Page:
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10 tips to save big on your tax cash

With Uncle Sam issuing average refunds of $2,256 this year, what should you do with that windfall? Jean Chatzky has advice.
/ Source: TODAY

Generally, when you hear experts talk about what to do with your refund, the advice boils down to two salient bits: Pay down your credit card debt or deposit it in an IRA. But this year, thanks to the 2003 tax law changes, tax refunds are substantially higher than last year. They're averaging $2,256 according to the IRS, and putting smiles on the faces of the understandably happy recipients. That calls for some additional thought.  You may eventually decide that the IRA deposit or debt reduction strategy is the right move for you… but you may also want to consider the following:

Join a gym
Exercising regularly knocks hundreds of dollars off the cost of your healthcare each year (it also adds years to your life).  And it may not cost as much as you think it will.  A recent study by Blue Cross Blue Shield Foundation on Healthcare found that more than 50 percent of health insurance plans offer discounts or reimbursements for gym memberships. Even more provided discounts on at-home equipment.

Get a financial plan
Studies have shown that people with an annual income of between $20,000 and $100,000 who have a financial plan have double the savings of people in their income bracket who do not.  People who make more than $100,000 who have a plan have 60 percent more than those who do not.  The point -- a financial plan may not be free -- but clearly it's worth paying for.  That doesn't mean you have to put a financial advisor on your payroll for life.  I'm a big believer in using financial planners as short-term therapists to get you on the right track… then seeing them when you feel you need additional help.  In many cases you end up doing much of the administrative work yourself anyway.  Where do you go for help: fpanet.org is the Web site of the financial planning association, napfa.org is the Web site of the national association of personal financial advisors.  Both have search engines that can help you locate planners in your area.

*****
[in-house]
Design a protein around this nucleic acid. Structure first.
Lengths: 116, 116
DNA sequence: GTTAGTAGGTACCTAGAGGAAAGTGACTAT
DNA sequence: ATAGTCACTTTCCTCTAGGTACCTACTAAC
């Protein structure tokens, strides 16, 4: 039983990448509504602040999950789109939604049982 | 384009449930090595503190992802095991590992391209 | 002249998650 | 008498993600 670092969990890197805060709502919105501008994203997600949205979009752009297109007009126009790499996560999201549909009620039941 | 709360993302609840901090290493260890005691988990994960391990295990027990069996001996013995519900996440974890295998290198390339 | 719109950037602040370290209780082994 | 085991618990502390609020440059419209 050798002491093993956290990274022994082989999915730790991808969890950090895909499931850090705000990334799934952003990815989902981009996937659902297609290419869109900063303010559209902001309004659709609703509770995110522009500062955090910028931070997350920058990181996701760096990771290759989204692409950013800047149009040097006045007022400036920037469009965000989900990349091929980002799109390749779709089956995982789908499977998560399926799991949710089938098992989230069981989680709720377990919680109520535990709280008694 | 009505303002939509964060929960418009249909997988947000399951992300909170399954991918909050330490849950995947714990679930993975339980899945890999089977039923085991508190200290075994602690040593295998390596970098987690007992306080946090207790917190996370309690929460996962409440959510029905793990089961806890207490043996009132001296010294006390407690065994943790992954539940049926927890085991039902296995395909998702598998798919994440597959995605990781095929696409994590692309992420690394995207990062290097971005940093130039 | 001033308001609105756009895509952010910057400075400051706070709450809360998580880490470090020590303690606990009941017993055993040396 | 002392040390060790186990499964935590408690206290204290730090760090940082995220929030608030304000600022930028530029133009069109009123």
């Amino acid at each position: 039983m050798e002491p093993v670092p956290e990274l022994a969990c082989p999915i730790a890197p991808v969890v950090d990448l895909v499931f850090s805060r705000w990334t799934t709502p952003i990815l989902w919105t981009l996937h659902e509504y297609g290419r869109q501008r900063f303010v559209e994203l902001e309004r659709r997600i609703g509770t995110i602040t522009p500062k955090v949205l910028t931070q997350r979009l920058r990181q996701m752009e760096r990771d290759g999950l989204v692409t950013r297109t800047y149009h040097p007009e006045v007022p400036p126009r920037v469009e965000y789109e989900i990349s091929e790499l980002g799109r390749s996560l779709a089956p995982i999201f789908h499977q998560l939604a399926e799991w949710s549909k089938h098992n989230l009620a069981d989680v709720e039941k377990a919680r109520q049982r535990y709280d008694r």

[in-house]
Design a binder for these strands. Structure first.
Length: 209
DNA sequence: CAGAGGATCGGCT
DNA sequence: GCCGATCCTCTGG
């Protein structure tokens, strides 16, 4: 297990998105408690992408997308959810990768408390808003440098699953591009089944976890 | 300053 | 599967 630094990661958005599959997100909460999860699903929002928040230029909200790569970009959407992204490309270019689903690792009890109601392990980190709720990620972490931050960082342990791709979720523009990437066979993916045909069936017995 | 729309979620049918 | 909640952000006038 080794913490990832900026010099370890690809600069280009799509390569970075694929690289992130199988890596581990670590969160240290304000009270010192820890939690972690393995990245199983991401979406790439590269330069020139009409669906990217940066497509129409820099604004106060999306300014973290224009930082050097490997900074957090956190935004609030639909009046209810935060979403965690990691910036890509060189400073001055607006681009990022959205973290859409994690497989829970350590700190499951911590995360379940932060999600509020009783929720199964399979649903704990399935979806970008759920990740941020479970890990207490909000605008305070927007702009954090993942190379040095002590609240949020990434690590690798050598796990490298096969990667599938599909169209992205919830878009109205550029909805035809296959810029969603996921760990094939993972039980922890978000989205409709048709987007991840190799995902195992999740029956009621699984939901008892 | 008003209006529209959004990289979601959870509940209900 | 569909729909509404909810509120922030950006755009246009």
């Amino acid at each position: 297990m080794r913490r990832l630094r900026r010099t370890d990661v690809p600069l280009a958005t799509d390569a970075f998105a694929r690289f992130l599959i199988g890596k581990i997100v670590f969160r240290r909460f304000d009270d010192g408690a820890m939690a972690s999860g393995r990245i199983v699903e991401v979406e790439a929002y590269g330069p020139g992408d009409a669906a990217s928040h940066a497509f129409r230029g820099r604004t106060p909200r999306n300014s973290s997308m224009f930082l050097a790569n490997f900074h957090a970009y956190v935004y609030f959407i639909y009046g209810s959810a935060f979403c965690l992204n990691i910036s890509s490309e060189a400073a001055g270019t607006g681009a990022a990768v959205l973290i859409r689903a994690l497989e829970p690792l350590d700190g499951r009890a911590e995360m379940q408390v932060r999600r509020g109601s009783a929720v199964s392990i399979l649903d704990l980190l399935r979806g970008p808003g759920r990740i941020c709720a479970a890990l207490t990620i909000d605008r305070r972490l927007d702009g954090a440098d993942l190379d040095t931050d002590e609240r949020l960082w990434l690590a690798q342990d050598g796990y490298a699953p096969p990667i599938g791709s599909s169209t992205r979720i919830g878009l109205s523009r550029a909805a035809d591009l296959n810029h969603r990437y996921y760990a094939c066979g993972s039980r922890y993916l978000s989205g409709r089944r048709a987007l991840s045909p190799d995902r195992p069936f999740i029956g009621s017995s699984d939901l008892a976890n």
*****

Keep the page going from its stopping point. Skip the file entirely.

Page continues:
Have your car tuned
Gas prices have been hitting record levels. You may not be in a position right now where trading in your car makes a lot of sense (though buying the most fuel efficient vehicle in a particular class can save you $300 to $500 a year),  but fixing a car that's out of tune can improve gas mileage by about 4 percent.  Replacing a clogged air filter can improve gas mileage by as much as 10 percent (and protect your engine at the same time).  And repairing a faulty oxygen sensor can improve fuel economy by as much as 40 percent.  All cars should have a thorough tune-up, experts say, every 15,000 miles.

Make an extra mortgage payment
If you have a 30-year fixed rate mortgage and you make an extra payment each and every year, you will reduce the term of that loan to 23-years. That's right, you'll wipe out 7 years of interest payments. Note: If you're going to do this, make sure your loan doesn't have prepayment penalties.  Then, send a second, separate check to your lender with a notation that this is an extra "principal payment." You want to be sure the money is going to build additional equity in your home.  (Note: If the cost of refinancing your mortgage has stopped you from undertaking that transaction, using your refund to refinance can save you additional money in the long run.)

Protect your family